Does Economic Wealth Lead To Well-being? In 1974, USC Professor Easterlin put forward that within a country the rich have higher average subjective well-being (SWB) than the poor. Nevertheless, the average SWB is uncorrelated with income between rich countries and poor countries. For example, the Gallup poll of 2012 well-being from Livescience website (2011) shows that Panama has 61% of people who said they are thriving, which had a greater score than the USA. The modern economy based on the opinion that the growth in the economy can lead to SWB increases.
Surprisingly, economic growth does not bring more happiness. Therefore, this is the Easterlin Paradox. One explanation is ignoring variables, in the first part of this essay, noneconomic factors such as health, environment or family will be discussed, and these factors will counteract the positives of wealth. Then the second part will account for why economic wealth cannot measure happiness. There is also a certain amount of opinion to support economic wealth give rise to happiness. It will be presented by discussing GDP issues in part three.
Well-being does not only depend on economic factors, but it also be influenced by work, environment, health or family relations etc. The Weighted Index of Social Progress sees Sweden, Denmark and Norway on top, while the Happy Planet Index sees Colombia and Costa Rica among the leaders (Measures of Well-being, 2006). And a few South American countries’ SWB is as high as developed countries such as Puerto Rico, or Guatemala. The above cases show that economy is one of the elements in estimating SWB. It is evidence that economic wealth results in the working burden raising dramatically.
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Working pressure disrupts the staff’s life balance and thousands of work makes staff feel anxious every day. As the economy grows rapidly, the environment is polluted heavily. It is evident that the quality of environment decreasing gives rise to individuals’ SWB fall. Another contributing factor is health which is regarded as the most important aspect by the majority of people. Better health conditions give people confidence as well as well-being. Sometimes, individuals are entangled with family issues, and the negative effects from family cancel out the positive effects from economic income.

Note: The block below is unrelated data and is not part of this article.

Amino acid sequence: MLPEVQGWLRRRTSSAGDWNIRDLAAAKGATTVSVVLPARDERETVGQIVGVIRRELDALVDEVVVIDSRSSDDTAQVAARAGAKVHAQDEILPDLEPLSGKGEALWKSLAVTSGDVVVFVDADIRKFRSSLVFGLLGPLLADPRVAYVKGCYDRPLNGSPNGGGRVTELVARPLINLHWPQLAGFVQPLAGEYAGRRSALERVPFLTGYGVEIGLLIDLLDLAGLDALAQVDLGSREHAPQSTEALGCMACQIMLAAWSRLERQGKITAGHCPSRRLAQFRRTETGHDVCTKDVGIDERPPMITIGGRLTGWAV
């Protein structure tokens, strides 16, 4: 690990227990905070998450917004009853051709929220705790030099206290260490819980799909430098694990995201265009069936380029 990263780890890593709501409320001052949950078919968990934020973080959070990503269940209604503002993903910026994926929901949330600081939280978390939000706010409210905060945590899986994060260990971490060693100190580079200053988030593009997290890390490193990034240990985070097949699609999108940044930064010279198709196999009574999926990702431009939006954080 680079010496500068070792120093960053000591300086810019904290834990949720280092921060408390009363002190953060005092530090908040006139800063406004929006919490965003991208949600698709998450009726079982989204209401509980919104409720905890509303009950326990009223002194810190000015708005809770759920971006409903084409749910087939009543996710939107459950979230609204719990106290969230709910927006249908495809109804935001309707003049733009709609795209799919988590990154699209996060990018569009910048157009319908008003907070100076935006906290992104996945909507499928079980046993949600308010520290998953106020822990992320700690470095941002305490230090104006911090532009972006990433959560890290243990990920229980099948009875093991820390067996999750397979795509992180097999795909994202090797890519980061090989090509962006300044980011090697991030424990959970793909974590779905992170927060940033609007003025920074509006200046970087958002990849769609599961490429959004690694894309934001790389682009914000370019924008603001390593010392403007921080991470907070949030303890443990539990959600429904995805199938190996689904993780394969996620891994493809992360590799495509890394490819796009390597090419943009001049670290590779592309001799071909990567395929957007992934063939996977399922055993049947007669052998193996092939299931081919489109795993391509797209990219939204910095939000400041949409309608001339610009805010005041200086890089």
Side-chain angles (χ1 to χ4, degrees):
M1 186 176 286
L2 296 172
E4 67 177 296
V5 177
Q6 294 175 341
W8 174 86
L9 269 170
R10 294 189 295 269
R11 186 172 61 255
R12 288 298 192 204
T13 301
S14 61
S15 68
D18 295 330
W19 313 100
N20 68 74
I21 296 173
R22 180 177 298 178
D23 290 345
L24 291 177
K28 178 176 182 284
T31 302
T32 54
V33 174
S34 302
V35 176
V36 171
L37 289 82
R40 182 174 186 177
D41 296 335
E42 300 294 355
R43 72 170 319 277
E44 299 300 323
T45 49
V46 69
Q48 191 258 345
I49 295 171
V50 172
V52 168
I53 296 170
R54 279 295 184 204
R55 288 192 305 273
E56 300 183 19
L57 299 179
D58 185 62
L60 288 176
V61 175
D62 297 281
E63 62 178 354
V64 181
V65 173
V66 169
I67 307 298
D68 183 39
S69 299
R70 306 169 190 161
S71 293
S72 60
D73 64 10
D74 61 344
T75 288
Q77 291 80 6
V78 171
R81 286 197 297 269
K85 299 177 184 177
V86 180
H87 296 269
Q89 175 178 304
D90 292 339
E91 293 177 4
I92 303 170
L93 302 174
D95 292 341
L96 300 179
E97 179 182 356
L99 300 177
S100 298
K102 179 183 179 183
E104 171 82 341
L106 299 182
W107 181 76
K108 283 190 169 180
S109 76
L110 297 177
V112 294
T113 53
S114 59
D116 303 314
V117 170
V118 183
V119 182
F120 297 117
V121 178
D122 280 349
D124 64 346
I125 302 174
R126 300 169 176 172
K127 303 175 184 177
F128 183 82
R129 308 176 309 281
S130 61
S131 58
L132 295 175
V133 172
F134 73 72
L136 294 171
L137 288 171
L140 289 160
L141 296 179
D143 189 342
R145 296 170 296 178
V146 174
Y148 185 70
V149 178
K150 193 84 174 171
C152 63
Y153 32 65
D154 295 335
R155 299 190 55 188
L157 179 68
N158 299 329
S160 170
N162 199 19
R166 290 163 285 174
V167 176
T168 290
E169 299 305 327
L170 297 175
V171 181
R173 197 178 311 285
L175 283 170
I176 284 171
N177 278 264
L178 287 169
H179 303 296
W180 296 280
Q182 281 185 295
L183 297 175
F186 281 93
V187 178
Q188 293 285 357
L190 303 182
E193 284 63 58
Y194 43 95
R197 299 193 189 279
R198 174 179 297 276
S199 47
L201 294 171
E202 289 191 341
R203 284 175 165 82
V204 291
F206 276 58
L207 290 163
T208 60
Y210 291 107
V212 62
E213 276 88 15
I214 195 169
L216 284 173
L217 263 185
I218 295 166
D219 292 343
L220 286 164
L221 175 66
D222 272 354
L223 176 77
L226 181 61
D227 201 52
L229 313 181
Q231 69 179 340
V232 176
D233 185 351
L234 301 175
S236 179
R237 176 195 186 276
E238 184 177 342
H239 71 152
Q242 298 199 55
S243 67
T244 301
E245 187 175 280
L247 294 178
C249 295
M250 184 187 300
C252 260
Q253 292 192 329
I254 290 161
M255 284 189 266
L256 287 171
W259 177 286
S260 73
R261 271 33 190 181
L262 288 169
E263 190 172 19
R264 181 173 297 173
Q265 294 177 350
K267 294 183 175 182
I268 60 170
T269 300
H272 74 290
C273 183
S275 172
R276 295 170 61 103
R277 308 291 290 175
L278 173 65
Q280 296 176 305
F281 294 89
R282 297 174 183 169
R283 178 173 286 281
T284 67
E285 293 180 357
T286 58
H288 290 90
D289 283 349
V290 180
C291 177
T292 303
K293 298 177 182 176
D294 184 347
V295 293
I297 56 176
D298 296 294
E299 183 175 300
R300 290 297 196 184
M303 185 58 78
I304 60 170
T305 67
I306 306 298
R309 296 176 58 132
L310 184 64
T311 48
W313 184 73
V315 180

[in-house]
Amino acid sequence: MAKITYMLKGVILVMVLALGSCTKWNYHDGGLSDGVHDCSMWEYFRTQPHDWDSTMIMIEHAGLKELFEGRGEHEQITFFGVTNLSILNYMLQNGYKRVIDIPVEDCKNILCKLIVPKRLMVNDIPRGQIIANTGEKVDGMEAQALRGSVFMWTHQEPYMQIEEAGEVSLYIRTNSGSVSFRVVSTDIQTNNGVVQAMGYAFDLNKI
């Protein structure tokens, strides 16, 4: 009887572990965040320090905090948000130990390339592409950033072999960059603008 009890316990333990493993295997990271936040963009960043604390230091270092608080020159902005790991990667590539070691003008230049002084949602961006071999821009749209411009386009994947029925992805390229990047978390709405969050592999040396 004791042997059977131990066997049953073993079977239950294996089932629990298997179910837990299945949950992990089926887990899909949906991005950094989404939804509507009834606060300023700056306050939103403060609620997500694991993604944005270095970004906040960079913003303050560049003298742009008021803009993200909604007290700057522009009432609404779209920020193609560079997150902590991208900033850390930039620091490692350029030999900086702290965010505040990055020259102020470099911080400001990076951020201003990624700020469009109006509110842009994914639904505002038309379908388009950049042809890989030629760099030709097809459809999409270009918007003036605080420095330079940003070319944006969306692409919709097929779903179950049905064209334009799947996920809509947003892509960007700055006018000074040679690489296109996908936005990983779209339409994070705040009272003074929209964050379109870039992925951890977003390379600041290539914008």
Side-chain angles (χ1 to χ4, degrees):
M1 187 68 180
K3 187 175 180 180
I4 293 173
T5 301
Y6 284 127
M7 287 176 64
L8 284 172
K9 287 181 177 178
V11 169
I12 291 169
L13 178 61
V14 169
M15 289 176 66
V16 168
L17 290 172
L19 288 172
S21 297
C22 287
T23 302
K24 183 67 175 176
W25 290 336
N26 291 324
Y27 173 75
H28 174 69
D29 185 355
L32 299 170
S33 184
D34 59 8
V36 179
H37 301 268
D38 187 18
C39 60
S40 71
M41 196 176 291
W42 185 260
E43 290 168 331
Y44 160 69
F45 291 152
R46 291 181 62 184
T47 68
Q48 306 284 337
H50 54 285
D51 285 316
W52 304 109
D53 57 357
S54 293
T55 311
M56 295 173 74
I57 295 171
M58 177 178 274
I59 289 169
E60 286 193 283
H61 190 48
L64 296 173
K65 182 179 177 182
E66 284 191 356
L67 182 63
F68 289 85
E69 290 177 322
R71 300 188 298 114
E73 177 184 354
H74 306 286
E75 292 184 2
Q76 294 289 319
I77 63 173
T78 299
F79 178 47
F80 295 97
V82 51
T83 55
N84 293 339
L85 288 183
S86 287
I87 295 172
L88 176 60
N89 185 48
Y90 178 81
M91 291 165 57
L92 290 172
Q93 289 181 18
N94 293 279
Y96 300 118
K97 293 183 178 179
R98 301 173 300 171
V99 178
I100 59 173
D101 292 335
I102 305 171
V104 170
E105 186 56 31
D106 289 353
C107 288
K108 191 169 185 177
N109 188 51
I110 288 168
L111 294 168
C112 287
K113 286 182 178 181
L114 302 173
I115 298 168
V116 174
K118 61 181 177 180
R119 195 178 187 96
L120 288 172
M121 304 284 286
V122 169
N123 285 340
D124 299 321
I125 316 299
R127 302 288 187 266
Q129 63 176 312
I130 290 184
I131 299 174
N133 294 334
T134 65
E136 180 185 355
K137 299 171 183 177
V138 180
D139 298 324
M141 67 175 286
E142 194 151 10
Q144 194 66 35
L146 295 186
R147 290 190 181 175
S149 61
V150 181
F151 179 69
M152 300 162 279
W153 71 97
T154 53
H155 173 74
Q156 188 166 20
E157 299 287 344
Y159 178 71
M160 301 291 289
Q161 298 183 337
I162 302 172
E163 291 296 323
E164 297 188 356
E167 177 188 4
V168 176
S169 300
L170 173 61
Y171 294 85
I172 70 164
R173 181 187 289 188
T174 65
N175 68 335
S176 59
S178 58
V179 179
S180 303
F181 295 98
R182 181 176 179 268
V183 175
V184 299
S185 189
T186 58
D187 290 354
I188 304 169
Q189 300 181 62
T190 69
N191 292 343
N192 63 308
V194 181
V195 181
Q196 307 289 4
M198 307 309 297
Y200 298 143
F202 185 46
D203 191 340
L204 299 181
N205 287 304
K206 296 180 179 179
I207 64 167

If a government considers increasing SWB, it should make more in policies that promote good governance, liberties, democracy, trust and public safety (Why Money Doesn’t Buy Happiness, 2011). Personal satisfaction lies in diverse factors, and earning does not play a major role. Section 2 will be devoted to the two explanations why GDP cannot measure the real SWB, especially in developed countries. A United Nations reported that the UK is only the 18th happiest place to live (British people are more miserable than Costa Ricans and Israelis, UN finds, 2012). Firstly, take case of a rabbit eats carrot.
A rabbit finds a room filled with a large quantity of carrots while the rabbit is going to starve to dying. Apparently the rabbit will gobble down the carrots, but the carrots will be become less attractive when the rabbit is almost full. According to the story, in rich countries the SWB rises up to a particular point, but it will never go beyond point. That is the reason why advanced countries (for example, USA, UK, France and Germany) SWB was not ranked in the top position. In reality, money is the carrot. The meaning of 100 dollars is significantly dissimilar between beggars and billionaires.
When economy develops to a certain extent, economic factors cannot measure happiness because there are several variables to act on the SWB simultaneously. An amount of factors were introduced at the last paragraph. The second explanation is more psychological. The major determinant of SWB is the relative life condition (comparing with people in the same level) rather than the real life condition. Being more specific, if one individual has better living condition than the other people who live in the same area, the one is more satisfied. This psychological comparison is called keep up with the Joneses.